Cryptococcal Abscess Imitating a Soft-Tissue Sarcoma in an Immunocompetent Host
A Case Report
Trevor Gaskill, MD; Diane Payne, MD; Brian Brigman, MD, PhD

Cryptococcus neoformans is a ubiquitous encapsulated yeast found throughout the world. Although it is only occasionally a pathogen in immunocompetent hosts, it emerged in the 1980s as an important opportunistic infection in patients with acquired immunodeficiency syndrome. Infection typically begins in the lungs and can disseminate, causing central nervous system dysfunction, cutaneous manifestations, and, occasionally, osteomyelitis in up to 10% of cases1,2. Noncutaneous cryptococcal abscesses in an immunocompetent host are exceedingly rare, and, to our knowledge, a soft-tissue cryptococcal abscess in an immunocompetent host has not been previously reported. We present the successful treatment of an isolated cryptococcal abscess, initially thought to be a soft-tissue sarcoma, in an immunocompetent host. The case of our patient adds to the current treatment literature and highlights the importance of having a tissue diagnosis prior to surgical intervention. The patient was informed that data concerning the case would be submitted for publication, and he consented.

Case Report

A forty-six-year-old man who was otherwise healthy was seen in the orthopaedic oncology clinic because of a mass in the proximal aspect of the right thigh. This mass was first noticed six weeks prior to his evaluation, when he experienced “pressure” in this area while cycling. Thinking this was likely a musculoskeletal injury, his primary care physician initially treated him conservatively. As the mass slowly enlarged, concern for a primary oncologic process was raised. The patient reported no functional limitation, no pain, and denied having any fevers, chills, puncture wounds, or other trauma to this area.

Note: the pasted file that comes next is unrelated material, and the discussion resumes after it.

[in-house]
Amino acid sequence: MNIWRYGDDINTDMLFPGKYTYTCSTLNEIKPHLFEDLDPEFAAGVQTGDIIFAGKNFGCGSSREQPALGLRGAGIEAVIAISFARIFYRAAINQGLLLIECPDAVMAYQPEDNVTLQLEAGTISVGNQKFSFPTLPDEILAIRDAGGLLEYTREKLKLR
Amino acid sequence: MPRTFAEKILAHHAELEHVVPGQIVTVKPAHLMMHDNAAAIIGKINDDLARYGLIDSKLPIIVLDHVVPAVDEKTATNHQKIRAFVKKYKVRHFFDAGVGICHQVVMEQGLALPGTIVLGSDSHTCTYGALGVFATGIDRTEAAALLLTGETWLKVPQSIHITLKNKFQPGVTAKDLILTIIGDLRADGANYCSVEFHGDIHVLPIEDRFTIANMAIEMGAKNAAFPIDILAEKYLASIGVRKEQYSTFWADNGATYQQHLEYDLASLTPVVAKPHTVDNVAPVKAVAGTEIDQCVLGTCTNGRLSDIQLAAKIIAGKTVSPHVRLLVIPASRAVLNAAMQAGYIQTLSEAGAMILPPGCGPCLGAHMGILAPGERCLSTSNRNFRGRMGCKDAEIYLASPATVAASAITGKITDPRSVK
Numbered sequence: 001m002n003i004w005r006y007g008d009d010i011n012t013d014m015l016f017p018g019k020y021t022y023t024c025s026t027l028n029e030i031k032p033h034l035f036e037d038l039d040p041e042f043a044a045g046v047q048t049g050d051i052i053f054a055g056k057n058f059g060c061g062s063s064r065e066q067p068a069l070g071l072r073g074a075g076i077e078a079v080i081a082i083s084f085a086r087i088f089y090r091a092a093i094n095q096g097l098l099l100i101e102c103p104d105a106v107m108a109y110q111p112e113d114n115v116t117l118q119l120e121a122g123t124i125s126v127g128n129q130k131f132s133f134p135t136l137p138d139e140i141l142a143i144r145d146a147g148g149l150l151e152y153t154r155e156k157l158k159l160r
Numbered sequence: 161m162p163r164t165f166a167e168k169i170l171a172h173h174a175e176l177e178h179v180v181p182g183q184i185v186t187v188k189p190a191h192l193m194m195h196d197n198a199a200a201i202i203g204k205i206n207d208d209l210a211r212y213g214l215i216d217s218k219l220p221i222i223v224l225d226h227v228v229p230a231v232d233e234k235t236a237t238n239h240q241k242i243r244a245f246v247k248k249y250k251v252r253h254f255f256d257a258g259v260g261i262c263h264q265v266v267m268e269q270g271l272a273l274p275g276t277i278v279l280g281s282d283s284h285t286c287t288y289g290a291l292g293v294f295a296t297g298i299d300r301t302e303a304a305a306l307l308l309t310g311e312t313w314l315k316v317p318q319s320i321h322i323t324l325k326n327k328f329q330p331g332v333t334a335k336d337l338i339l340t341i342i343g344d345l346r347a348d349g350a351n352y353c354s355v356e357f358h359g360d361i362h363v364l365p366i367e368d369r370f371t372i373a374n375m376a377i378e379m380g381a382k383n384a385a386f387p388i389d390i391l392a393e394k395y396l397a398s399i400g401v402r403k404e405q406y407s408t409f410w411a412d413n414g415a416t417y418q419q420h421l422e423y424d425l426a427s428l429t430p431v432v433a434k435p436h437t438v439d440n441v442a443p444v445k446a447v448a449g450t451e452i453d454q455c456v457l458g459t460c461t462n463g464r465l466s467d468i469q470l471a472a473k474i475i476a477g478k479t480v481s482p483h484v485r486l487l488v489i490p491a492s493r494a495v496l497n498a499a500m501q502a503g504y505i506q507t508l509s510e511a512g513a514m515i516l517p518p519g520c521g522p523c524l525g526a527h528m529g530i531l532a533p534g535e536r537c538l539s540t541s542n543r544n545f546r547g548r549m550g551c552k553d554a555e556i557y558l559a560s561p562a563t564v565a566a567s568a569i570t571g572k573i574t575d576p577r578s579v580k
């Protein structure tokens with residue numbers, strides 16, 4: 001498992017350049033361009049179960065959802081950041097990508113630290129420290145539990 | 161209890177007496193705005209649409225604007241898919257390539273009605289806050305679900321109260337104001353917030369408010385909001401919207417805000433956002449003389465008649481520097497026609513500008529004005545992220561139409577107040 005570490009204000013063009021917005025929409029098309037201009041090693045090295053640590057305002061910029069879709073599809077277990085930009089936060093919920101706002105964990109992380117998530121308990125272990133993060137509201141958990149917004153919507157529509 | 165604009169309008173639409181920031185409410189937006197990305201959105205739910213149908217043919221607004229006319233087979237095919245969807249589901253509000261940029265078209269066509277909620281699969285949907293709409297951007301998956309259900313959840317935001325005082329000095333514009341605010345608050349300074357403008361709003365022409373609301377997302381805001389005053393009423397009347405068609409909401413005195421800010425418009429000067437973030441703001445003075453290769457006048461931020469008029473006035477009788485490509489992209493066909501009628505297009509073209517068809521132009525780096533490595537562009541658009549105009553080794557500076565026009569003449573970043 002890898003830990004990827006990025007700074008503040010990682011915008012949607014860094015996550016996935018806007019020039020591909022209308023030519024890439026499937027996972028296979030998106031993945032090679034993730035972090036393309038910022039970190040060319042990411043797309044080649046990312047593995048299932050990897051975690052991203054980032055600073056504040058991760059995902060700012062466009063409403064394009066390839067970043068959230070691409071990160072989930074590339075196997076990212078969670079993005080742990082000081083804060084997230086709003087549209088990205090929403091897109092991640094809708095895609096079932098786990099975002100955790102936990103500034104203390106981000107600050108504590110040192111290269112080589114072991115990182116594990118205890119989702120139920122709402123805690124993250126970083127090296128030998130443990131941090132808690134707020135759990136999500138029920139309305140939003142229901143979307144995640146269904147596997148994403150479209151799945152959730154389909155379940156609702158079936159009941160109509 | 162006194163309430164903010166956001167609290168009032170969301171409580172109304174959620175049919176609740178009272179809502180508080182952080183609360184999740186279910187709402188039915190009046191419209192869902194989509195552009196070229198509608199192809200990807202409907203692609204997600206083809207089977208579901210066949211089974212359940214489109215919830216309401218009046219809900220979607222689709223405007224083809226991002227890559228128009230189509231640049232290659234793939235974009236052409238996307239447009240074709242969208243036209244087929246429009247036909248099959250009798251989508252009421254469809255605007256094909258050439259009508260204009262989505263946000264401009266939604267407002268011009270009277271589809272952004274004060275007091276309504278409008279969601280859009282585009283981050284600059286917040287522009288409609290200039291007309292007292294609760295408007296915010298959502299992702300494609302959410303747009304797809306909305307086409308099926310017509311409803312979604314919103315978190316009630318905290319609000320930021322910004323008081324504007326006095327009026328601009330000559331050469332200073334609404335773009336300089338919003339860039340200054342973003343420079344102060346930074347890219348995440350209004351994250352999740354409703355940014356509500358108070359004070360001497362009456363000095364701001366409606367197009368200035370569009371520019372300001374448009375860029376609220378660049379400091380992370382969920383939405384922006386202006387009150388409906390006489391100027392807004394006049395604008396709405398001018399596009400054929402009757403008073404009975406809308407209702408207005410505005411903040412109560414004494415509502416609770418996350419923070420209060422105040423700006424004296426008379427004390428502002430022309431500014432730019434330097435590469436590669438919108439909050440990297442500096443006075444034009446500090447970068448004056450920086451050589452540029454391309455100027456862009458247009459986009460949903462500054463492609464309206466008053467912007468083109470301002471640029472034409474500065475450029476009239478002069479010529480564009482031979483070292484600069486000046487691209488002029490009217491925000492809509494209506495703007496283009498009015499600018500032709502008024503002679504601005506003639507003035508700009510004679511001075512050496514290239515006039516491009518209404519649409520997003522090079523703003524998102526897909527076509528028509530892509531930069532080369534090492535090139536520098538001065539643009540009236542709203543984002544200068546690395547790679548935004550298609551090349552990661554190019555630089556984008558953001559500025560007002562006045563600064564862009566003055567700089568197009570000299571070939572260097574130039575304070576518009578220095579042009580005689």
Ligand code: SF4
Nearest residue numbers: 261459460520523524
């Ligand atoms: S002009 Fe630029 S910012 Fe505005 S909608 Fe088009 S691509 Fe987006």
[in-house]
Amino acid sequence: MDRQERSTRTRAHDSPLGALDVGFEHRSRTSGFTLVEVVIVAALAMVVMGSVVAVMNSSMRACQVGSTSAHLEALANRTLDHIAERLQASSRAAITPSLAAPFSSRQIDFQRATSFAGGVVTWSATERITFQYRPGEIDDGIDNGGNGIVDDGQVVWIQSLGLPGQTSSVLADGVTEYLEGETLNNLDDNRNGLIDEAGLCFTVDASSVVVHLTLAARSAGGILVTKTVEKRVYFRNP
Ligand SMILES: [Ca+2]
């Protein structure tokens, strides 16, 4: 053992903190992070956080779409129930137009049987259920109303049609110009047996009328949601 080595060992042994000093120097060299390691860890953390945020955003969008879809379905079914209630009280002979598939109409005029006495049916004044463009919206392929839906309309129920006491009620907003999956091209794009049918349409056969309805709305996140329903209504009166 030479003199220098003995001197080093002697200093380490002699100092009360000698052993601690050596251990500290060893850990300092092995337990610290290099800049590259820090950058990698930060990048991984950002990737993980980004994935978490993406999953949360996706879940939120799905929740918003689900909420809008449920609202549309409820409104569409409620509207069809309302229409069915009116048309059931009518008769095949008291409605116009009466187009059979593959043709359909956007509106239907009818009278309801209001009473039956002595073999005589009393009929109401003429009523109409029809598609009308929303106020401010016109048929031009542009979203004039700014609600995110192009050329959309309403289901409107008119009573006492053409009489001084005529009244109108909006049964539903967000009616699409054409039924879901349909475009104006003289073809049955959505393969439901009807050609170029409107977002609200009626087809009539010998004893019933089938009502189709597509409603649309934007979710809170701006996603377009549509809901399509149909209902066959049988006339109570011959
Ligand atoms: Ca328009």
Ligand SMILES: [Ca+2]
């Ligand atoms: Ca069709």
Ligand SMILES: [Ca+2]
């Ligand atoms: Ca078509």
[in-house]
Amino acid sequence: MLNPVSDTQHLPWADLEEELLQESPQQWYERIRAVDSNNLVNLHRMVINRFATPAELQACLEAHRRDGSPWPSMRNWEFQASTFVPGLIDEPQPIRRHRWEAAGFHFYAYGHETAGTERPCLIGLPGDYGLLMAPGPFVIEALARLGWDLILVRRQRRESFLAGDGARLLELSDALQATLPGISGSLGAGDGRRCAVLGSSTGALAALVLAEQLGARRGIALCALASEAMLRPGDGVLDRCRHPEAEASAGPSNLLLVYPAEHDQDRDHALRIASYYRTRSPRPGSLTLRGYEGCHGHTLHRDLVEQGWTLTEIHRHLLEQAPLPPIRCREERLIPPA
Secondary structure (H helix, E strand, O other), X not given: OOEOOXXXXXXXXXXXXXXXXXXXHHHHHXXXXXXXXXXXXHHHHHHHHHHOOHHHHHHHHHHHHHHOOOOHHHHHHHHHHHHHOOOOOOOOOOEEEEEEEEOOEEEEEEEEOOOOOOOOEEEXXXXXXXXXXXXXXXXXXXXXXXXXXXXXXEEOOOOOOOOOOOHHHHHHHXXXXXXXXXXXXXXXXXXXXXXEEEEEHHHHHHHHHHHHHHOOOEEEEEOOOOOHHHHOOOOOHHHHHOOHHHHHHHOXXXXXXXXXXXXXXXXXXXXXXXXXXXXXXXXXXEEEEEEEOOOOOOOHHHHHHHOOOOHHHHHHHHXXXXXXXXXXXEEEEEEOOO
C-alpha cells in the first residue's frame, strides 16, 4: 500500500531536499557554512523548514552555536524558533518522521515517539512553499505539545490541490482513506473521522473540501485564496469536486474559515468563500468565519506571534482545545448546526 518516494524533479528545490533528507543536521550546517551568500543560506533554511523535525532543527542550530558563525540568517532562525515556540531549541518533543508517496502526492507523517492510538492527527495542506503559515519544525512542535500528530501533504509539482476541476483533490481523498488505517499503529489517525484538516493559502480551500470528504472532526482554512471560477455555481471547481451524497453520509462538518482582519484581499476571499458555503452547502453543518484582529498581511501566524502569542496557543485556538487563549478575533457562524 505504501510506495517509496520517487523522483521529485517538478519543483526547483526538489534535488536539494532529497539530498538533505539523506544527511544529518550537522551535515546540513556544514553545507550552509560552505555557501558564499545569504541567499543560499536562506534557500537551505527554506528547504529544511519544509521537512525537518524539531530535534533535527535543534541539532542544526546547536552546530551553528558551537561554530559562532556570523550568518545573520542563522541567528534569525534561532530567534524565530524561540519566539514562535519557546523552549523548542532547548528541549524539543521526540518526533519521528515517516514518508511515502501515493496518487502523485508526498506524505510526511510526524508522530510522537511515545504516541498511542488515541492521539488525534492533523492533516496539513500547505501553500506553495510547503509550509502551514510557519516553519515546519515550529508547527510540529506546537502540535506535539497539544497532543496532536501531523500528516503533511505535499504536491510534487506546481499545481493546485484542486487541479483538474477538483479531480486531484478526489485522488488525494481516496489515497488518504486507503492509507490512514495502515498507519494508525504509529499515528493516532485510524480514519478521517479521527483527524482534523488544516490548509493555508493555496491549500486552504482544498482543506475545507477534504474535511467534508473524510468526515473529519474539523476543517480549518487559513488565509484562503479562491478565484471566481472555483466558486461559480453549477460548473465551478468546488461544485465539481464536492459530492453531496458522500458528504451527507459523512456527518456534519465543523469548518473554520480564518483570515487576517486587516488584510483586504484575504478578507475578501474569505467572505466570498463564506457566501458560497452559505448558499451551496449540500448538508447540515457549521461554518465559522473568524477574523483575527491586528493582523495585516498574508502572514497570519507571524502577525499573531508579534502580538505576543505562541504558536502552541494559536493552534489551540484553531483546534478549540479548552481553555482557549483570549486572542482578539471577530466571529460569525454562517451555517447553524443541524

Medically, he reported only a remote history of depression and an uncomplicated appendectomy thirty years previously. He reported that he took no medication and had no drug allergy. He did not smoke or use intravenous drugs, and he denied having previous transfusions. He consumed alcohol socially and reported a …

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